SOURCES: JCPD Internal Affairs requests ‘years’ of timecards from municipal court

The JCPD Internal Affairs Unit requested “years” of timecards for police officers from the Jersey City Municipal Court last week, according to sources.

Jersey City Municipal Court

If things weren’t looking bad enough for the Jersey City Police Department (JCPD), sources have informed Real Jersey City that the JCPD’s Internal Affairs Unit (IAU) requested “years” of timecards – over five years according to one source – for police officers from the Jersey City Municipal Court last week.

Sources indicated that the records would be used to identify potential cases of fraud, specifically double-dipping. Double-dipping occurs when a worker is knowingly being paid for two separate jobs running concurrently.

The cases of two convicted ex-JCPD officers, Juan Berrios and Andrea Fahrenholz, have sources believing that IAU’s inquiry is part of the ongoing federal investigation into the department. According to information from Berrios’ conviction:

At certain times, Jersey City police officers were required to appear in Court as a result of issuing tickets or citations. If the officers were required to appear at times when they were not otherwise working, they would be eligible to be paid overtime. However, if the officers were required to appear in court at the same time they were working as Jersey City police officers, they would not be paid overtime for appearing in court.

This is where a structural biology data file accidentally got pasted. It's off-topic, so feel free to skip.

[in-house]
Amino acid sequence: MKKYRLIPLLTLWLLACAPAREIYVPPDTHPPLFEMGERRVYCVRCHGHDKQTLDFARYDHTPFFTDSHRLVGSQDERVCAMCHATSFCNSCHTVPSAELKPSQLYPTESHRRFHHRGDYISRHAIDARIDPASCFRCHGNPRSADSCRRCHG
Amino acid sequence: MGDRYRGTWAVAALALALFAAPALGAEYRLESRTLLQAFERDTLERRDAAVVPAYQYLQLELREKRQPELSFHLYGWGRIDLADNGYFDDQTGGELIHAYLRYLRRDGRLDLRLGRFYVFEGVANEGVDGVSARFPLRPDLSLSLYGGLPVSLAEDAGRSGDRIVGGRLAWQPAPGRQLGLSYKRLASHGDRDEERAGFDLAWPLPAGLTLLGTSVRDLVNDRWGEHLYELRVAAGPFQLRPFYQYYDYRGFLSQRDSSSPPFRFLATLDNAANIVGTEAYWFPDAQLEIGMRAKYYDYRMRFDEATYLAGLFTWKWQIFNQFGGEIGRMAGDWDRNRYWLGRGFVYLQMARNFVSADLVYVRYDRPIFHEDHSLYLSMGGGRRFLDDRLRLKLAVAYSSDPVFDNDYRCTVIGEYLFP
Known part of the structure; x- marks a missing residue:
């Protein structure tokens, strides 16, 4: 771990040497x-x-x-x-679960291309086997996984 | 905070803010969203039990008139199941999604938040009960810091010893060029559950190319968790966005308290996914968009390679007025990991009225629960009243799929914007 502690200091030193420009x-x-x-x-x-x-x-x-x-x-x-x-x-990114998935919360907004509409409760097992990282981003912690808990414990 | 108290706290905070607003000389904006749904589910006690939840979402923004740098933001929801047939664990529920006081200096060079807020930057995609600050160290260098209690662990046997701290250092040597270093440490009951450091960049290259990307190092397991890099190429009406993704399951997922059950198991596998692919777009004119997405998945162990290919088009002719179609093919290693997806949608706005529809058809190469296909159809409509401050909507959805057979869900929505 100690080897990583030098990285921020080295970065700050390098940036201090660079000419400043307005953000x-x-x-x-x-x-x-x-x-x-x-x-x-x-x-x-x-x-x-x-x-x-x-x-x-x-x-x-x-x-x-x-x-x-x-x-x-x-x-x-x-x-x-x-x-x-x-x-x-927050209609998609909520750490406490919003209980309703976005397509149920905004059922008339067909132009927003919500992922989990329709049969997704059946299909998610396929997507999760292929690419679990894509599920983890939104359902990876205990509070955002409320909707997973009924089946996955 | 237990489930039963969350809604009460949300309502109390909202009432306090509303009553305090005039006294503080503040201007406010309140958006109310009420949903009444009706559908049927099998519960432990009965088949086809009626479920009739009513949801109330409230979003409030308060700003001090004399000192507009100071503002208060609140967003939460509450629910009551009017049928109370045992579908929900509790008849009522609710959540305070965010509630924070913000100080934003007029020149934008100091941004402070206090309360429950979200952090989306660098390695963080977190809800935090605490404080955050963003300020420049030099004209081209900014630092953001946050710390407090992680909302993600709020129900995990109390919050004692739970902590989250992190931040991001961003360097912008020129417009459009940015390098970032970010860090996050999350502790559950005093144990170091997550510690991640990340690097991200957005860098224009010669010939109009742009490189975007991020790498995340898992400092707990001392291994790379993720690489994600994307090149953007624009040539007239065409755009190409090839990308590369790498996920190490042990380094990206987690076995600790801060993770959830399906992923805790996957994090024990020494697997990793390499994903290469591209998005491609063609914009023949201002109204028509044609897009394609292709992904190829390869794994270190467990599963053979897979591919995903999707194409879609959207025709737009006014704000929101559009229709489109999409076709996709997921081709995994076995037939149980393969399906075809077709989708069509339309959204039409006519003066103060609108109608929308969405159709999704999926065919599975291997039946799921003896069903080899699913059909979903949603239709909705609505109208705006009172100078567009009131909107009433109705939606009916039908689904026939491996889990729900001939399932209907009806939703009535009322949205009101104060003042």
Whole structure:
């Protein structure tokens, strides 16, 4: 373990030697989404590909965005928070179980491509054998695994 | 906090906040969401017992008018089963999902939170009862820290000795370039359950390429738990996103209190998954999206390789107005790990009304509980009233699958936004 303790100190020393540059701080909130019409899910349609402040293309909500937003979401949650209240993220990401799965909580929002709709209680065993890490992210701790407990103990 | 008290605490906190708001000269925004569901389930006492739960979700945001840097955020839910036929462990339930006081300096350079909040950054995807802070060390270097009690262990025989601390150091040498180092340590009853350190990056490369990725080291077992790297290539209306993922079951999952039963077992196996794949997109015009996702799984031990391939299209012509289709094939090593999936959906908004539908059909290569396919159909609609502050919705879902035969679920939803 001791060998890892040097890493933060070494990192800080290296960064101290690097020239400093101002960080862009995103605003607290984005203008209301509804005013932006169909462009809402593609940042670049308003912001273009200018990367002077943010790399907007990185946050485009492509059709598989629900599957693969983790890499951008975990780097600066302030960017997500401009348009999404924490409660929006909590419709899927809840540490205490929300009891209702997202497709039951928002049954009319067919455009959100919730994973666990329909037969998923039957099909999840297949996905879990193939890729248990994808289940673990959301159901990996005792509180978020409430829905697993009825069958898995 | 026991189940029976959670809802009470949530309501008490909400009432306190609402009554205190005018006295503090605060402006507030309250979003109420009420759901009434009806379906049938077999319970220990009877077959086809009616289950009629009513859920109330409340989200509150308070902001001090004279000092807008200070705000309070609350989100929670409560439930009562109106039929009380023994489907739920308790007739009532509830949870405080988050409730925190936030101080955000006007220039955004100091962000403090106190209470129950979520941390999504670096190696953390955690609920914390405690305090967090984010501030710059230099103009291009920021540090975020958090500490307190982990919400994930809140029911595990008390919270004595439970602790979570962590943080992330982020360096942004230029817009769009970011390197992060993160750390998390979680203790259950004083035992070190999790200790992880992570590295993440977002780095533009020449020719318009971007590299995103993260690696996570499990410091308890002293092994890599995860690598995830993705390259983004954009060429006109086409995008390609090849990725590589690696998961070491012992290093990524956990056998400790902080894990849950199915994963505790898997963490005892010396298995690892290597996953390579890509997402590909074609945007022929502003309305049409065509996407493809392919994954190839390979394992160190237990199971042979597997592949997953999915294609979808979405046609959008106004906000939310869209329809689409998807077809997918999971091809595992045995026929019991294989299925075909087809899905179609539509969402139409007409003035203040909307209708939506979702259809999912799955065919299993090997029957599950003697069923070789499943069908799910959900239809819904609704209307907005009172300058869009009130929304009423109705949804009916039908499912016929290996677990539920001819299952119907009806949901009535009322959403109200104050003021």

The conviction states that Berrios “sought and received overtime compensation for appearing in court at the same time he was purportedly working as a traffic director.” As such, the ex-JCPD officer “fraudulently obtained from Jersey City compensation for two separate assignments that occurred at the same time.”

As for Fahrenholz, though her conviction doesn’t include mention of fraudulent activities related to the municipal court, it’s believed she might be cooperating with federal authorities regarding the matter. Fahrenholz was assigned to the municipal court since sometime between 2013 and 2014, according to sources.

Sources also indicated that members of the JCPD’s street crimes and narcotics units were likely the target of the inquiry, but that other officers could be potentially ensnared. As well, a source added that IAU secured duty rosters for the street crimes unit for numerous years.

The Hudson County Prosecutor’s Office (HCPO) is not believed to be involved with the inquiry, according to a source. When asked for comment, a police official working in IAU told Real Jersey City that “they can’t divulge any information about any ongoing investigations.”

Jersey City spokesperson Kimberly Scalcione did not respond to an email asking the city to confirm or deny if the timecards were seized by IAU. It’s considered official Fulop Administration policy to ignore this journalist.

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